John Cusack is no Brad Pitt. He’s got an oval head, a thorny nose, a maw like a coin slot and eyes that seem to disappear when he squints. His face is one of a kind, to be sure, but he’s nobody’s idea of a hunk.
And yet throughout the trite new romantic comedy Must Love Dogs, females repeatedly — almost mechanically — tout his character’s cuteness, which only proves the extent to which the Cult of Cusack informs our culture. Even screenwriters have bought into it.
The truth is Brad Pitt wishes he were John Cusack. For women of a certain age — maybe between 25 and 45 — Cusack is the ideal male. It’s not the image of perfection perpetuated in hip-hop videos or, say, a Brad Pitt movie, but rather a figure a teen girl might rhapsodize about in her diary.
In Must Love Dogs, Cusack plays Jake Anderson, a boat builder coping with a recent divorce. His life takes a turn when he answers an online dating ad by a fetching woman named Sarah (Diane Lane); the only trouble is she’s an avowed dog lover. Jake borrows a canine for their first encounter, only to discover that she, too, is a new divorcée and that she, too, hired a dog for the occasion. (She added that detail to her Internet profile at her sister’s behest.) This is only the first in a series of inane romantic mix-ups. There’s little to recommend this formulaic “comedy,” other than Jake, the latest iteration of an archetype that has enthralled many women for nearly two decades.
That’s not to discount latter-day Cusack fans — those women who may have been won over by his clever performances in Grosse Pointe Blank or High Fidelity. The chronology is moot, because those later characters are all (slight) variations on Dobler.
Women love Dobler/Cusack because of his boyish charm and incurable idealism; he’s the perpetual underdog. The Cusack quasi-hero is not governed by his groin, but by principles like integrity and authenticity. (Though he does occasionally heed his groin.) His hobbies and/or jobs generally revolve around preoccupations that are obsessive, unprofitable and ultimately quixotic. In Say Anything…, it was kickboxing; in Being John Malkovich, puppeteering; in High Fidelity, he owned a record store (in addition to an ungodly amount of personal vinyl).
In Must Love Dogs, he designs and builds highly ornate wooden canoes that he will only sell to people who can fully appreciate their craftsmanship. Anderson’s impasse has echoes of that famous Dobler soliloquy: “I don’t want to sell anything, buy anything or process anything as a career. I don’t want to sell anything bought or processed, or buy anything sold or processed, or… process anything sold, bought… or processed, or repair anything sold, bought or processed, you know, as a career. I don’t want to do that.” Like Lloyd Dobler, Jake Anderson is a man who clearly wasn’t cut out for capitalism. In a world that glorifies profit, Cusack’s characters strive for something less materialistic: sincerity. Women find that irresistible.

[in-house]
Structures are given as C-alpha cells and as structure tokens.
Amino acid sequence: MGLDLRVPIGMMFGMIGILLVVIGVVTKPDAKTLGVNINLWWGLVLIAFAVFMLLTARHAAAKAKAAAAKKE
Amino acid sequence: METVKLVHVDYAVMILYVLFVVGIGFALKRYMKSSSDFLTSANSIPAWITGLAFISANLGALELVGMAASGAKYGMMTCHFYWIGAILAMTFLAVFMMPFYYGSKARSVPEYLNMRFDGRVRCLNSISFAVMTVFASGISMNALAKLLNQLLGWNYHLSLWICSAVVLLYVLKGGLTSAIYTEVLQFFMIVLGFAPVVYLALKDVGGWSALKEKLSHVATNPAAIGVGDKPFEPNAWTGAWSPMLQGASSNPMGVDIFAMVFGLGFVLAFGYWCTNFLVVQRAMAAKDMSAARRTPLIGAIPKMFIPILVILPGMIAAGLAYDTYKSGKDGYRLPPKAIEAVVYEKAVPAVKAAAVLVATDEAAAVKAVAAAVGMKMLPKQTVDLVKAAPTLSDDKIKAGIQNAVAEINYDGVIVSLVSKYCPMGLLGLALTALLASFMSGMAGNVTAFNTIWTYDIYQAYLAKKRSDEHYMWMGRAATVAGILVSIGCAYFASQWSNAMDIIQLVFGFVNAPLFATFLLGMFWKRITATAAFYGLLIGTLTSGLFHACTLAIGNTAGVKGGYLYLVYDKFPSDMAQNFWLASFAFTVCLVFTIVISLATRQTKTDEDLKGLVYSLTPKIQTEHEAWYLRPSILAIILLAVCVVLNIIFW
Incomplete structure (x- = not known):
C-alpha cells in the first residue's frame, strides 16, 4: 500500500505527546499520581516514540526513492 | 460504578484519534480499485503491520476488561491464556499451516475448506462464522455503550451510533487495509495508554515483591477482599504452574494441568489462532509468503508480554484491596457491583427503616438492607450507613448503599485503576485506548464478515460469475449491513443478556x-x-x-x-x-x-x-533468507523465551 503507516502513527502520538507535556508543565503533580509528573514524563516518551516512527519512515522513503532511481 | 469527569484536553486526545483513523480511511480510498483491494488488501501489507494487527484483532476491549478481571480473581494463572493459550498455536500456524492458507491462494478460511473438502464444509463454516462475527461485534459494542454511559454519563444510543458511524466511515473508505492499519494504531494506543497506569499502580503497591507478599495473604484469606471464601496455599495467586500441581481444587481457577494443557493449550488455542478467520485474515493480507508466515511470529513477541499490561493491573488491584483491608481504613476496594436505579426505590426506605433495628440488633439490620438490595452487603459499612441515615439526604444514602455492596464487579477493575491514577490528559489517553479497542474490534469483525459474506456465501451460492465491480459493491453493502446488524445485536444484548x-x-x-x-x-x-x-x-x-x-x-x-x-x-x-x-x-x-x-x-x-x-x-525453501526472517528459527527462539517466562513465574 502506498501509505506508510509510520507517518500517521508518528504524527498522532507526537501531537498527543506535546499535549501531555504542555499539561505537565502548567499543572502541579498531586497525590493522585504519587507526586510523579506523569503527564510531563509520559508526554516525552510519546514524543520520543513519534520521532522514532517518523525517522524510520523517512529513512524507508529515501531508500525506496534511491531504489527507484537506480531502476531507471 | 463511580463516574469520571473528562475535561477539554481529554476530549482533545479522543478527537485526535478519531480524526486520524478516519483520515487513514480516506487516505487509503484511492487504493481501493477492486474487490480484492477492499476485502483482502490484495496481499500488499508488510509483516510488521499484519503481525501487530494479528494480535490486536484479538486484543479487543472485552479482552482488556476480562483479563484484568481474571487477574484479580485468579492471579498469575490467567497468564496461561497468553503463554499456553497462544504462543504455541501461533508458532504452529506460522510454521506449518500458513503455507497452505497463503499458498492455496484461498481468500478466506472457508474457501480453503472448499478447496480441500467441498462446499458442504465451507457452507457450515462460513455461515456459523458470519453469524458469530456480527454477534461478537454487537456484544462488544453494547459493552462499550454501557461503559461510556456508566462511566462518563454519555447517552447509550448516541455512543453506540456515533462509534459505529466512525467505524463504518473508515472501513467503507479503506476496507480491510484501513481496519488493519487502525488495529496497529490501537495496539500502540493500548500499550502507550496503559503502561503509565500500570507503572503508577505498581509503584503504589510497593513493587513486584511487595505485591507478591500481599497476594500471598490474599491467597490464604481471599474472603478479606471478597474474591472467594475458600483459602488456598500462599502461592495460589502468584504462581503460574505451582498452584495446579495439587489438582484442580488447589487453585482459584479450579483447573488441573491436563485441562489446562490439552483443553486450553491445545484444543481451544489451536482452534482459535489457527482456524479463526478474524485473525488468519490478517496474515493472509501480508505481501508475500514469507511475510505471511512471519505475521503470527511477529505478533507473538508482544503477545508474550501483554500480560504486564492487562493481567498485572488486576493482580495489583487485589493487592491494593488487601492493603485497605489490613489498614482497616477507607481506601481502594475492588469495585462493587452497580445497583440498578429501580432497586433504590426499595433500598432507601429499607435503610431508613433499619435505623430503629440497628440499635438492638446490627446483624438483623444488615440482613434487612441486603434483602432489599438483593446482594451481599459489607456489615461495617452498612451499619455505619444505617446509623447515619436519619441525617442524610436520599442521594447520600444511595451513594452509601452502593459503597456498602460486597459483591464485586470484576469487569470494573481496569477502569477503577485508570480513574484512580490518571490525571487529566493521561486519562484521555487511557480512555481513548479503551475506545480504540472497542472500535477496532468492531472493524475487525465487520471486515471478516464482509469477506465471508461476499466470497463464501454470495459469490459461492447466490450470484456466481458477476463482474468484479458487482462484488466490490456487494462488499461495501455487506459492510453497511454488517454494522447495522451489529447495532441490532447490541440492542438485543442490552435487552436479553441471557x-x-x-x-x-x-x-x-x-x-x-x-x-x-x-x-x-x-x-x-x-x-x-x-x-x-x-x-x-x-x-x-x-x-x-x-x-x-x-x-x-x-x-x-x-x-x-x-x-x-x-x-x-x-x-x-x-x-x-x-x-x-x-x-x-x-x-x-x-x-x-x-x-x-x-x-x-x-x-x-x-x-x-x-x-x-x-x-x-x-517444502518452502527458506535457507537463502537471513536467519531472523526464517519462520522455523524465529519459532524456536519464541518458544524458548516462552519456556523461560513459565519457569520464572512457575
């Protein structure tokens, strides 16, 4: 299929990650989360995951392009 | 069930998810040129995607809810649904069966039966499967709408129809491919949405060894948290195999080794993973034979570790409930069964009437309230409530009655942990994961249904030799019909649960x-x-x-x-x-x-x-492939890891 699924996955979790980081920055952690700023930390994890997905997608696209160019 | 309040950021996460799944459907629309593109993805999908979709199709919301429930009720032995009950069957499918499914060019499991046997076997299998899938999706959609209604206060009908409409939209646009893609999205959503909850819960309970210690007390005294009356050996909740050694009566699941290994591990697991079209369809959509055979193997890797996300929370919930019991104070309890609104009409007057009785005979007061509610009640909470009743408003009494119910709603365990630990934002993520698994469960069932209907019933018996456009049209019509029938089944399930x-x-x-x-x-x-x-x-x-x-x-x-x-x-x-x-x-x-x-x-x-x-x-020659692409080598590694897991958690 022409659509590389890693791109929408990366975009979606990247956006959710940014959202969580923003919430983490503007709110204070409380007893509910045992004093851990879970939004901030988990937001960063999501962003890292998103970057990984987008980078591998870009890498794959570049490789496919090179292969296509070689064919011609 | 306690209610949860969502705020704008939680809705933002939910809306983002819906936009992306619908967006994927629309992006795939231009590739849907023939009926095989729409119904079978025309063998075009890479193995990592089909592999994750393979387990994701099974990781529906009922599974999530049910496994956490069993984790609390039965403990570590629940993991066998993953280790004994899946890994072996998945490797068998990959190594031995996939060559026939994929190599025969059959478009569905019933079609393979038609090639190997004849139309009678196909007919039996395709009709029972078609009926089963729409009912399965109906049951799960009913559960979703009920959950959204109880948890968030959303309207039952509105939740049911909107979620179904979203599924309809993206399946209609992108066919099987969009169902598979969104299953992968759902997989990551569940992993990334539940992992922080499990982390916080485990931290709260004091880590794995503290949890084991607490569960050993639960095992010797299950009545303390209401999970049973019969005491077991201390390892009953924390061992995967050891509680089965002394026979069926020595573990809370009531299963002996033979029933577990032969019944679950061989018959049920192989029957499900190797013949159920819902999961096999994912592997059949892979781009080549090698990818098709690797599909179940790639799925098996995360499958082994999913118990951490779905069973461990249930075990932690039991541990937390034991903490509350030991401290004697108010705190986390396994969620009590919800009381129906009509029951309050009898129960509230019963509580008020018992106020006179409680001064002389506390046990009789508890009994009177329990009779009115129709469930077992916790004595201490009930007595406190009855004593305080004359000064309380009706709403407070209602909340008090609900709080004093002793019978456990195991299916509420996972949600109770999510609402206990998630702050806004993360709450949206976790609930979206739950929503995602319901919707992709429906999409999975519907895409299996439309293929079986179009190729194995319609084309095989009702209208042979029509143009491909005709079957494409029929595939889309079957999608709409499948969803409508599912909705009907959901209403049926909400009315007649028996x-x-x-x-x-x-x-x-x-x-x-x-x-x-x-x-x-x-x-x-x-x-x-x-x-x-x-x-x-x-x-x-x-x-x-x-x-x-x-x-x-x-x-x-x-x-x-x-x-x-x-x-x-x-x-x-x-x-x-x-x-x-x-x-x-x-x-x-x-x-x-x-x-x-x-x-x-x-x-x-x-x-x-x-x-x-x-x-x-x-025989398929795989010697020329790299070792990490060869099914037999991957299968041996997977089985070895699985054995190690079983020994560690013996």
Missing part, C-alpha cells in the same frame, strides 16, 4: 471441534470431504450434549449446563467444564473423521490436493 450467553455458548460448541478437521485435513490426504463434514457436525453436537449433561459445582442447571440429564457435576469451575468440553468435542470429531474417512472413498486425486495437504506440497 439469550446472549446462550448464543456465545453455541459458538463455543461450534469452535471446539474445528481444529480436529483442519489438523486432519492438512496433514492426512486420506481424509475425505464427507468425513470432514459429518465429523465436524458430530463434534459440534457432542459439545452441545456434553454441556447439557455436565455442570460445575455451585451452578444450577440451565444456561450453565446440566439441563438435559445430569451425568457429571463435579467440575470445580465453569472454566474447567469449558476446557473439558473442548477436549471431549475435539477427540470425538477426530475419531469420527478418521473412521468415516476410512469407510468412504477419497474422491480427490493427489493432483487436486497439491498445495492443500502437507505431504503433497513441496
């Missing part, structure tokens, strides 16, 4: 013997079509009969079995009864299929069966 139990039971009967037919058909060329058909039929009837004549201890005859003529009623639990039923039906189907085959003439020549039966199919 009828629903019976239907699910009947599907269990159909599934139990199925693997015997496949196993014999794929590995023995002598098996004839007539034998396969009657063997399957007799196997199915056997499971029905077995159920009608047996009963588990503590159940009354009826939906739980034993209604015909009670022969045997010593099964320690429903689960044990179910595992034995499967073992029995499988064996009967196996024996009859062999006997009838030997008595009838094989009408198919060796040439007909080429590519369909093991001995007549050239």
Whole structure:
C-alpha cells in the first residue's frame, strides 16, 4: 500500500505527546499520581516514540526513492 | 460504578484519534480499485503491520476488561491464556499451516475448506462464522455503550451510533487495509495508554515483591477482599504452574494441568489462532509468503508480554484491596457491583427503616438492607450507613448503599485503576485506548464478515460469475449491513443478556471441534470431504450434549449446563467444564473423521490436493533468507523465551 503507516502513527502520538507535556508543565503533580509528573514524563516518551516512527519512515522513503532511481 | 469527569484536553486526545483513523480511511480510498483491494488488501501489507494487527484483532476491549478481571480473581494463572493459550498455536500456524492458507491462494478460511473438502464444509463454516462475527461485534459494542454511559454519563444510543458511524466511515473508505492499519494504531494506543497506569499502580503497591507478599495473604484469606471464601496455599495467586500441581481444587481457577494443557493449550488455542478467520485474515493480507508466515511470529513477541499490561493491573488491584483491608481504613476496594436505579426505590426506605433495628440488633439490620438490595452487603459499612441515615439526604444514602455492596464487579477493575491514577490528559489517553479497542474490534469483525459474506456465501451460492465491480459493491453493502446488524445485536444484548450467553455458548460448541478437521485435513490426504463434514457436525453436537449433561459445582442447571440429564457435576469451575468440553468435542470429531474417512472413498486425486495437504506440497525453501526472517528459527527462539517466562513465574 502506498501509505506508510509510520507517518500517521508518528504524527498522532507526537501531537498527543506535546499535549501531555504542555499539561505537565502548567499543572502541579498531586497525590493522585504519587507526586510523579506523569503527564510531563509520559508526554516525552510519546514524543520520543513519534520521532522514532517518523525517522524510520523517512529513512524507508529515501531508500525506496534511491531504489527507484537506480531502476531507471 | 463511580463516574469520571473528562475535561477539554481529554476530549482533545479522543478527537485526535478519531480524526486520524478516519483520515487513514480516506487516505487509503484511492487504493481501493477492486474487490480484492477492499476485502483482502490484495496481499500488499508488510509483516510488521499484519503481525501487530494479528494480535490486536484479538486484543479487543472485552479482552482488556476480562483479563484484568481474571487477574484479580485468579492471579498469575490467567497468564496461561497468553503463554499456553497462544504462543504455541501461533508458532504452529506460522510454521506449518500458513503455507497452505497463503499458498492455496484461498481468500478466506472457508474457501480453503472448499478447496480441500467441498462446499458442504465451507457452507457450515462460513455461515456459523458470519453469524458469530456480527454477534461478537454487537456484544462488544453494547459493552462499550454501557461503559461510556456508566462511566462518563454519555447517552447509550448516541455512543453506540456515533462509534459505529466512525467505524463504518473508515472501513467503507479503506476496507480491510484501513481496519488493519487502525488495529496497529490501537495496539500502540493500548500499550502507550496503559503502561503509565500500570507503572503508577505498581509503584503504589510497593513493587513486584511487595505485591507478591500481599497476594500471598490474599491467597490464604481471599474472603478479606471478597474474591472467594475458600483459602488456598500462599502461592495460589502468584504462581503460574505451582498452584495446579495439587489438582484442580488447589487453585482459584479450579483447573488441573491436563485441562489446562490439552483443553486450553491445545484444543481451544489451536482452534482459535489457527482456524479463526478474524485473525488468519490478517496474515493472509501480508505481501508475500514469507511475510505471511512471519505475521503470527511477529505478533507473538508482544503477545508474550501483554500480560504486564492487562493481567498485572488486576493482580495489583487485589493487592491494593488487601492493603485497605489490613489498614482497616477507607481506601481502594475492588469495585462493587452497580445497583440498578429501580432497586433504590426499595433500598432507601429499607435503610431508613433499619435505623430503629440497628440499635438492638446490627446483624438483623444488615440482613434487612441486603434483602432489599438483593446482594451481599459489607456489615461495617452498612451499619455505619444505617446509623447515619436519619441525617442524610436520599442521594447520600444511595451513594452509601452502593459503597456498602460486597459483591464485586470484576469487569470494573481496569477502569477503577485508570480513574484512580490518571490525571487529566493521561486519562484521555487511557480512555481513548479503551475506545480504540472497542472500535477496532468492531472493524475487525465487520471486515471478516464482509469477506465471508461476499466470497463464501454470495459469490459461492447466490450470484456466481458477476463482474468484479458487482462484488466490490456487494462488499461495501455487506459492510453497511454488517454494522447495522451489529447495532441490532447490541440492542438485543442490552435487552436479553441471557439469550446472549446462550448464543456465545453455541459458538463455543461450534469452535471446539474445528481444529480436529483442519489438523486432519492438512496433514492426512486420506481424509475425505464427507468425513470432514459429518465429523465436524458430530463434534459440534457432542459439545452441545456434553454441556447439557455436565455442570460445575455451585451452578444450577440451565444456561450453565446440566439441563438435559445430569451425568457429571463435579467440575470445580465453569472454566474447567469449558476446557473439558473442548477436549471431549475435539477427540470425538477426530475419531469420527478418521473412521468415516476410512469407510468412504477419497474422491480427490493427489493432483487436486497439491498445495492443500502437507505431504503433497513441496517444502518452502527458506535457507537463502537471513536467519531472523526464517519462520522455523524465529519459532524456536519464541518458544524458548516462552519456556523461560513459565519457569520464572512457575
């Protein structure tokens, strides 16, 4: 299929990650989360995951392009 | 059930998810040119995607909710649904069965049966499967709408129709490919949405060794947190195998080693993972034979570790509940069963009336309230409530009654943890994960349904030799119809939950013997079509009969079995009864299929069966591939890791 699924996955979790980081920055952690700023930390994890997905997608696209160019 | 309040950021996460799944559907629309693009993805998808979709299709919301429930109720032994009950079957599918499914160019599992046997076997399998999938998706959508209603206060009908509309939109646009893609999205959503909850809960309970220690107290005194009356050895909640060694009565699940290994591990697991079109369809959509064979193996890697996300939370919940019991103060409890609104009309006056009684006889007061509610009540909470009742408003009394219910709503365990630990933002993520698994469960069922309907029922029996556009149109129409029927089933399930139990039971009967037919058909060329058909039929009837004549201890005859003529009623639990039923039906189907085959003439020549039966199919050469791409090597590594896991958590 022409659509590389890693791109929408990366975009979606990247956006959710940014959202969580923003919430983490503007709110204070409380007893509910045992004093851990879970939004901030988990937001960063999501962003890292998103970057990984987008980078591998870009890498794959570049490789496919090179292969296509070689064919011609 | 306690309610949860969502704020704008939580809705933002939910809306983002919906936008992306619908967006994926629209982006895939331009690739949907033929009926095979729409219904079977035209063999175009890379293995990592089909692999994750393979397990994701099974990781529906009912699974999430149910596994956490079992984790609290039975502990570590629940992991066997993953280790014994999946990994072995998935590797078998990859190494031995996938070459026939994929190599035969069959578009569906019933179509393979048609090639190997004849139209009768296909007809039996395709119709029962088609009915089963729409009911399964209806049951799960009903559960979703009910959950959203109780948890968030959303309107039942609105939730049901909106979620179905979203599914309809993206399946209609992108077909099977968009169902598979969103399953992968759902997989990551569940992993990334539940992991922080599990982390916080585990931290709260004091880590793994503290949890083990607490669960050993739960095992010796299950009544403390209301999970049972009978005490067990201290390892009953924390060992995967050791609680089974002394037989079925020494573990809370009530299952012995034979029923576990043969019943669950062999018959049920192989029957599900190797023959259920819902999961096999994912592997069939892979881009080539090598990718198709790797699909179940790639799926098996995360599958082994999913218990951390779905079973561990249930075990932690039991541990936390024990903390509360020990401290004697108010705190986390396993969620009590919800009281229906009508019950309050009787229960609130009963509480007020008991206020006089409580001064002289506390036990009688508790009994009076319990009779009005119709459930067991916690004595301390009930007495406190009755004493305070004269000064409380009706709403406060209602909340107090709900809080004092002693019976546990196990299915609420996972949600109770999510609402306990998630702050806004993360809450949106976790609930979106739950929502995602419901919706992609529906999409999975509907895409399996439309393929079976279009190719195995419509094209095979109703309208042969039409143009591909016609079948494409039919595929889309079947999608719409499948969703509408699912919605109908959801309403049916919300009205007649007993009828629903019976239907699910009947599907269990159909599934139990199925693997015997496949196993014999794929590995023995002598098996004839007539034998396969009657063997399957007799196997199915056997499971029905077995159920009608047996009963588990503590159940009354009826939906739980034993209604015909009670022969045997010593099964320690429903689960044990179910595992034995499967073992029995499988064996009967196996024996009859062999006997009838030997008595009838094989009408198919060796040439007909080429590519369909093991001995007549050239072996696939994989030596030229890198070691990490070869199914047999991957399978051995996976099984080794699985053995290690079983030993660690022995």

Yet despite his moony romanticism, the typical Cusack character is, at heart, a wise ass — and if we’ve learned one thing from Cosmopolitan (and only one thing), it’s that a keen humour makes a man tremendously attractive. Dobler/Cusack is smart without being haughty, self-deprecating without being depressive. More than anything, he’s a thinker, a ruminator; he’s a man who develops “theories” (usually about love). Rob Gordon, Cusack’s character in High Fidelity, took great pains to enumerate the reasons his various relationships unravelled. In Must Love Dogs, Jake’s prevailing theory is that every woman has a script for the perfect love, and any suitor who diverges will be kicked to the curb.
It’s not that Cusack is entirely without “range.” His depiction of a con man in The Grifters (1989) was nervy and convincing; in Max (2002), his portrayal of a Jewish art dealer who tries to nurture a young painter named Adolf Hitler was marvellously poised. The man can act, when he chooses to.
But why stretch out when your most cherished role comes so easily? Cusack’s geniality is such that he makes even dubious characters likeable. It’s what enables us to root for Martin Blank (Grosse Point Blank) despite the fact that he’s a trained assassin, or support Rob Gordon’s search for true love despite the fact that he’s a narcissistic yob. Cusack’s characters achieve redemption through self-deprecation.
And while he makes women swoon, Cusack is also well liked by male viewers. It’s partly because of his snappy wit, but also his batting average — for all his tortured self-analysis, when has Cusack not gotten the girl?
In recent years, this unlikely sex symbol has taken on a doughier appearance, but at 39, he shows no sign of having frustrated his fan base. His unflappable charm is enough to compel moviegoers to stick out a blight like Must Love Dogs (assuming his mere presence was enough to impel them to buy a ticket in the first place). Cusack’s deviations into more serious thespian fare only prove that he’s most at home playing himself. And there are millions of women who couldn’t ask for more.